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Friday, August 29, 2014

Genetics, and the Redesigned Human

By Douglas V. Gibbs

Eugenics is nothing new.

The search for the master race is not something only the Nazis embarked upon.

Margaret Sanger, a racist liberal left progressive created Planned Parenthood with eugenics in mind, hoping to use the organization to encourage the elimination of "vulnerable people," and to "exterminate the negro population."  Her views contributed to compulsory sterilization laws in 30 U.S. states that resulted in more than 60,000 sterilizations of vulnerable people, including people she considered “feeble-minded,” “idiots” and “morons.”

She sought "Racial Betterment through Birth Control."  Abortion is among the murderous techniques that populate her murderous legacy.

After the defeat of Nazi Germany, the realization of genocide, and the pursuit by the Third Reich of a Master Race through eugenics, the opinion of the practice soured, with eugenics eventually recognized for the evil that the movement represented.

Eugenics is back, but this time through genetic manipulation.  Science, and the pursuit of the perfect baby.

In the 1997 American film, Gattaca, a future where eugenics has taken complete control is considered as a possible future in the science fiction flick.  The future society's use of eugenics establishes two classes.  One, the elite, are children conceived through genetic manipulation to ensure they possess the best hereditary traits of their parents.  The other group, the peasant class, known as the "in-valids", are those conceived through love, outside the eugenics program, not given the opportunities of the genetically redesigned people because the second class represents the failure of nature, and those people are a risk because of the potential defects they inherited from their parents.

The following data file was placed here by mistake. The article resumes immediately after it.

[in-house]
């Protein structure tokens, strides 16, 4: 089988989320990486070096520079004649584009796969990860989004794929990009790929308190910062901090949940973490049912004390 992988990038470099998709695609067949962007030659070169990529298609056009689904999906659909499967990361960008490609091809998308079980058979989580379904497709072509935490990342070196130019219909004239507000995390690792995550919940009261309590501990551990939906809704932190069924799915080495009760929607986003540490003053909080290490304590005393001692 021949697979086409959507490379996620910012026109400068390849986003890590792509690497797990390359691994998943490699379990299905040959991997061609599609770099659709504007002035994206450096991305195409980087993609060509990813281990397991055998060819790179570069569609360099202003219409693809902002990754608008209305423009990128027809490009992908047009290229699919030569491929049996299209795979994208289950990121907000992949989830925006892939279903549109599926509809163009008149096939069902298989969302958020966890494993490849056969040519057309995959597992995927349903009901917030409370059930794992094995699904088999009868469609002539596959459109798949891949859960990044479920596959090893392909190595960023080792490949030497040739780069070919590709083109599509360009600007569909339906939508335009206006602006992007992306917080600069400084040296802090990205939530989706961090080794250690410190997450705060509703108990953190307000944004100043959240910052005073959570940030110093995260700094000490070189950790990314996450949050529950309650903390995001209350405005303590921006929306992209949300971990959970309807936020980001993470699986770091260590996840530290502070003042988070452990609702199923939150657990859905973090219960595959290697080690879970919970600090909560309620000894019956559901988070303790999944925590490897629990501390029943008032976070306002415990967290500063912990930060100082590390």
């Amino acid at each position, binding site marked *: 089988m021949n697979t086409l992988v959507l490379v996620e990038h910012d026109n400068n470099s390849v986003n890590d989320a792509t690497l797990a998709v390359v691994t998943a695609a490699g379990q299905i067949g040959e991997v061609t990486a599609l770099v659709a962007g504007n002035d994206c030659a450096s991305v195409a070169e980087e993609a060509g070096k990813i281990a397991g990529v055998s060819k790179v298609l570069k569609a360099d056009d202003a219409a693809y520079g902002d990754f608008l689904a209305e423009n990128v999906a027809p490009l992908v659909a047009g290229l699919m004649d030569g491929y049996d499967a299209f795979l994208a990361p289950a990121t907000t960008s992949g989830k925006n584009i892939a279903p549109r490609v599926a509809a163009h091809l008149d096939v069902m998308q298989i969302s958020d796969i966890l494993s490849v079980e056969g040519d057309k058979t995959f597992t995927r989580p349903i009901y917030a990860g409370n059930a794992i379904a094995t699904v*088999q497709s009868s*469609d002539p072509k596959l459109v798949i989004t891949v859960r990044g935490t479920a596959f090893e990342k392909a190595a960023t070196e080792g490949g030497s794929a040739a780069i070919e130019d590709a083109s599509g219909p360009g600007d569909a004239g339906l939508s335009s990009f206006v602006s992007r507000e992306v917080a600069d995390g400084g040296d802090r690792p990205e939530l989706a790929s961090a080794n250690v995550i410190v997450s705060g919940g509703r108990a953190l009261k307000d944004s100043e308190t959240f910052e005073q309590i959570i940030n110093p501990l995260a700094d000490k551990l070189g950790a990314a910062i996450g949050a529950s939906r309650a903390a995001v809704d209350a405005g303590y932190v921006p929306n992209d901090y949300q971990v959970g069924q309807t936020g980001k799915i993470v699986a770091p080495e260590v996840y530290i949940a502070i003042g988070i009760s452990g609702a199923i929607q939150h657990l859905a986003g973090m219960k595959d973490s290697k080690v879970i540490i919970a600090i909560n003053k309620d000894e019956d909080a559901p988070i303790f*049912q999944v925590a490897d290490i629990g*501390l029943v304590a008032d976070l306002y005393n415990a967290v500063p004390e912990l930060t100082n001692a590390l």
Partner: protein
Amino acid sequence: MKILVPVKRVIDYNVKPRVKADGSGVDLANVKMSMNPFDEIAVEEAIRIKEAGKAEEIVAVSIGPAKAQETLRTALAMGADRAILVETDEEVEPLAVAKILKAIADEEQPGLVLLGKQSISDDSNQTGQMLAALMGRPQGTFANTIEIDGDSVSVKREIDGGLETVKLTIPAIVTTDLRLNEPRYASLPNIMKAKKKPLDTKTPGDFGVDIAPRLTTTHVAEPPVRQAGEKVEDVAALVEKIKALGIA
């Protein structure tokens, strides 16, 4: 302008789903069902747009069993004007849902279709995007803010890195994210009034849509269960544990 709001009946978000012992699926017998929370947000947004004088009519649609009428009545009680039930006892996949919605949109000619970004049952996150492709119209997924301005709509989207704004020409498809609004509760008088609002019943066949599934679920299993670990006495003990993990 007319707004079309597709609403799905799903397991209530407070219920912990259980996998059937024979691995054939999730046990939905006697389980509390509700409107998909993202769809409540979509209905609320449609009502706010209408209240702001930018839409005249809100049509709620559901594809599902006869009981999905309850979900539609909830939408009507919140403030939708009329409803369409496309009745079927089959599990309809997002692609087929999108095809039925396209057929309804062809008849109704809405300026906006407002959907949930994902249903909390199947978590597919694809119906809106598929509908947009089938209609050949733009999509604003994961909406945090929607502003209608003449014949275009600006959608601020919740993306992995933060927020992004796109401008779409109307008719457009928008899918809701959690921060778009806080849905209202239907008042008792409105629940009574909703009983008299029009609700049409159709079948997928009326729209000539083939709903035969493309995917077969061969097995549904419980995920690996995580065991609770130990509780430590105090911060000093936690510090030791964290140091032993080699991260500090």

The characters in Gattaca live in a world where you are who you are according to your genes.  Genetic destiny, which could have been changed for you in a lab if your parents used that method for conception.

Scientists of today are pursuing "improved children," and therefore an "improved race."  The liberal left progressives have supported genetic manipulation.  They want control over the production of the social classes, and ultimately over the development of those people.  Then, perhaps, they believe they can achieve their socialist utopia where the workers have their place, and the government guides society and culture.

Fifteen years ago 17 children were produced combining the DNA of three parents.  The technique, now outlawed in the United States since 2002, involved mixing the eggs of two women so that the resulting IVF babies inherited genetic material from three individuals in a similar process to that planned in Britain for women carrying maternally inherited mitochondrial disorders.

About 30 IVF babies worldwide are believed to have been born by the technique, known as “cytoplasmic transfer.”  As for the 17 infants created in New Jersey, until now, they have not been checked for any long-term health problems resulting from the technique.

The British government has said it intends to introduce legislation to allow donor eggs to be used as a way of ensuring that women with mitochondrial defects do not pass on the mutations to their children. However, like cytoplasmic transfer, it will result in IVF babies with genetic material from three people – the woman who donated the egg and the child’s two biological parents.

The results are forthcoming, in regards to the check-ups of the 17 children, and long-term health problems resulting from the technique could be embarrassing for the private IVF clinic, which began cytoplasmic transfer in 1996 as a way of boosting the chances of a successful pregnancy for couples seeking fertility treatment until it was stopped in 2002.

Jacques Cohen, the scientist who carried out the cytoplasmic transfer on the 17 IVF babies said the follow-up began earlier this year.

It is not known whether all 17 teenagers have been located or whether the follow-up study is likely to be completed before the British Parliament is able to vote on whether to allow mitochondrial donation in Britain.  If the British Parliament were to approve the procedure, the first British baby born with genetic material from three parents could be born as early as next year.

It has been reported that the procedure did not always go off without a hitch.  Two pregnancies resulted in embryos missing a sex chromosome, known as Turner syndrome – one miscarried and the other was aborted. There was also a case where one of the babies had developed a “pervasive developmental disorder” in the first year of life.  It is unknown if the disorders were related to the procedure.

If the disorders were connected to the procedure, I doubt the doctors would admit it.

-- Political Pistachio Conservative News and Commentary


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